“The precinct accommodation certainly is not suitable for elderly men whose physical and mental health requires secure, nursing home care,” he said. “But what nursing home would prefer to accommodate a released sex offender rather than someone without such a terrible history?

“The absence of suitable, secure accommodation in the community means that people like (Guy) are detained in prison years after they have completed their full-time sentences. This is despite expert evidence and the acknowledgement of the Attorney-General that they might be released under strict supervision orders if suitable accommodation were available.


“Government policies make the search for suitable accommodation for someone like (Guy) akin to an impossible mission.”

It is not the first time Supreme Court judges have raised similar concerns during mandatory annual reviews of Guy’s case as required under the DPSO legislation.

In March 2017, Queensland’s then Chief Justice Catherine Holmes ordered Mr Guy’s ongoing indefinite detention, but not before noting a lack of appropriate accommodation and support services made it almost impossible for any judge to construct an appropriate supervised release order.

Chief Justice Holmes said: “It seems to me that a time will come when there are enough offenders in the respondent’s category of age and debility falling within the compass of the (DPSO Act) to require the setting up of supported accommodation for them.

“It is deeply troubling to think that people who could be managed and rendered relatively risk-free with appropriate support and accommodation, must instead, be imprisoned as the only option.”

In 2018, Justice Peter Davis again refused Guy’s release, but also noted a lack of appropriate facilities in which to house and care for people like Mr Guy.


“Ultimately, (Mr Guy) requires placement in a facility which can meet his medical and emotional dependency needs, whilst also restricting victim access.” Justice Davis said.

“There is no facility outside of prison which can provide the medical care which the respondent requires but at the same time providing the security necessary to ensure adequate protection of the community against the commission by the respondent of serious sexual offences.”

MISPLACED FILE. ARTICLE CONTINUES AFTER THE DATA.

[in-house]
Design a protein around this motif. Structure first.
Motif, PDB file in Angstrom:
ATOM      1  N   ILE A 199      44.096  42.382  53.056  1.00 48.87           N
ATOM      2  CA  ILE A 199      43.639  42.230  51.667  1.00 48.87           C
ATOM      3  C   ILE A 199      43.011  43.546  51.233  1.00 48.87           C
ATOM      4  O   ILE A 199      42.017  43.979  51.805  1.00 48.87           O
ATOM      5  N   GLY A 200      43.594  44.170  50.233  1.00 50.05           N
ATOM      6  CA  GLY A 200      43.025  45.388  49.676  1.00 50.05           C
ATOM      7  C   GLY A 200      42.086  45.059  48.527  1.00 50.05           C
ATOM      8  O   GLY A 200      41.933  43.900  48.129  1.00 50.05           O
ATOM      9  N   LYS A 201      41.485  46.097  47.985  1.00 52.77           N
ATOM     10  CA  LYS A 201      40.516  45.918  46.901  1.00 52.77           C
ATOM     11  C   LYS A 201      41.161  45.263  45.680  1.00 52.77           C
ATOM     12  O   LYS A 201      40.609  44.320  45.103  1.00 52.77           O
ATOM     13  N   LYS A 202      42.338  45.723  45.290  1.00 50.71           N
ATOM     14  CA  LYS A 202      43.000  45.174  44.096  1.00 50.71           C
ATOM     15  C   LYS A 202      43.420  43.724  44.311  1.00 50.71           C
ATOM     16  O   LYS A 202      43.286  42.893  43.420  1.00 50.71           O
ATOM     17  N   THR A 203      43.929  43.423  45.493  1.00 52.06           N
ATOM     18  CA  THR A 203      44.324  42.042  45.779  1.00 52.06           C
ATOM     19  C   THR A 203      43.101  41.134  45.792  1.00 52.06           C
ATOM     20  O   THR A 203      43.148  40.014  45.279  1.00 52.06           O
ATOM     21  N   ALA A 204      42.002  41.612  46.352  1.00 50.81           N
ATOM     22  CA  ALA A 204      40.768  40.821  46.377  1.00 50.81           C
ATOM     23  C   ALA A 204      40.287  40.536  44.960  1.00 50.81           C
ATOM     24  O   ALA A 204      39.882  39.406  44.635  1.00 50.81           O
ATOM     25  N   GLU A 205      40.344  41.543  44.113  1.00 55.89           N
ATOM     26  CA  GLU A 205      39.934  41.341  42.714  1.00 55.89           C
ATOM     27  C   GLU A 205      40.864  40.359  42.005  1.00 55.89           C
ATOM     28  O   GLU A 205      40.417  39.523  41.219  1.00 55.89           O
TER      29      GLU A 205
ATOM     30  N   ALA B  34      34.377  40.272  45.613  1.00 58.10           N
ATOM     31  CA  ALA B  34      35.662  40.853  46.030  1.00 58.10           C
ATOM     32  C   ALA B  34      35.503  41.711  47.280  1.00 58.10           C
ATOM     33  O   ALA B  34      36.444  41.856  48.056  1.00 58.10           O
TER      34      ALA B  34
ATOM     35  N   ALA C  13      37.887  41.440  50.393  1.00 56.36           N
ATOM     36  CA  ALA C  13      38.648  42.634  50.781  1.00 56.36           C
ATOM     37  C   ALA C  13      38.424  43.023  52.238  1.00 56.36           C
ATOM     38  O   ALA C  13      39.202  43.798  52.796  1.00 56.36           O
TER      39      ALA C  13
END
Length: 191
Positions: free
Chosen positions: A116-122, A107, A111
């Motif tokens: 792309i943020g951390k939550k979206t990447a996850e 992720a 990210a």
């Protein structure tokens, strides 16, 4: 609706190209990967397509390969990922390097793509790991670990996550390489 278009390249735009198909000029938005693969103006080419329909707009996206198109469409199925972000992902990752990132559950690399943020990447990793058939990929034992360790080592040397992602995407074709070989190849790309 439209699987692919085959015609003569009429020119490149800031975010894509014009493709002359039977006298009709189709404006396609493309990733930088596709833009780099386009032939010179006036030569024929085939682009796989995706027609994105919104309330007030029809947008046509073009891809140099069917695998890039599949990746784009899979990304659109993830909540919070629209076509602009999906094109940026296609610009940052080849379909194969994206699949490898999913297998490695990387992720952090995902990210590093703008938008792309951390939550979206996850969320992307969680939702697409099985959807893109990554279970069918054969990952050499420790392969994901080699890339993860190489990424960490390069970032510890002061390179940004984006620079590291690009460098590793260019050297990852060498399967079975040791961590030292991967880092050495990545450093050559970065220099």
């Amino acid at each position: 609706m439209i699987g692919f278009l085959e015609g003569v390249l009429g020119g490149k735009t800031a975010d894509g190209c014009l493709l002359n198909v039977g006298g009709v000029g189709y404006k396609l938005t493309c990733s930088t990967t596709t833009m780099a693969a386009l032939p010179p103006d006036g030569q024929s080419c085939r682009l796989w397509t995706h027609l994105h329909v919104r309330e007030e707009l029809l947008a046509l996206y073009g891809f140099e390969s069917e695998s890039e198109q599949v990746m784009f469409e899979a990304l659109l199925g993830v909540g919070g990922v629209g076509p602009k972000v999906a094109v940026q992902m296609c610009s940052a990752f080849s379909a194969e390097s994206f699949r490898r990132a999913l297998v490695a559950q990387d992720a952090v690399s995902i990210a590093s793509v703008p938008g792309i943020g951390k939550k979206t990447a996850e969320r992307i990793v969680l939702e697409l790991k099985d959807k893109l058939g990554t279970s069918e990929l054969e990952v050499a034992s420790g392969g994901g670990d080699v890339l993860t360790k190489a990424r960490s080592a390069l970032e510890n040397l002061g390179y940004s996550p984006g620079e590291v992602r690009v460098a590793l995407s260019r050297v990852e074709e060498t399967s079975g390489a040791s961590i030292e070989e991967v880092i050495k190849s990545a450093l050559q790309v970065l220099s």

In 2019, Justice Ann Lyons also extended the detention order, saying: “(Guy) needs semi-supported accommodation … and no such supported accommodation outside custody has been identified.”

Justice France Williams, during Mr Guy’s September 2020 review, said little had changed and that, despite Mr Guy’s desire to move out of a prison setting, there was no suitable accommodations to house him.

On 6 September 2021, Justice Jean Dalton simply affirmed Mr Guy’s continued detention order originally made on 27 March 2017.

Justice Applegarth said the Government’s failure to provide suitable accommodation meant numerous individuals who should be released on supervision orders outside of prison were being detained for many years after their full-term sentence release date.


“The position has been reached, I regret to say, where corrective services authorities seek to continue to detain people because of the executive government’s policy of not providing suitable accommodation for persons who could be managed and rendered relatively risk-free with appropriate support and accommodation,” he said.

“The need for suitable accommodation has been apparent for years.

“Far from involving the courts as an independent source of supervision of the law, suggestions about how the practical operation of the Act could be improved are ignored by the executive government.

“This is to the detriment of individuals, the greater good and the public purse.”

Read the decision.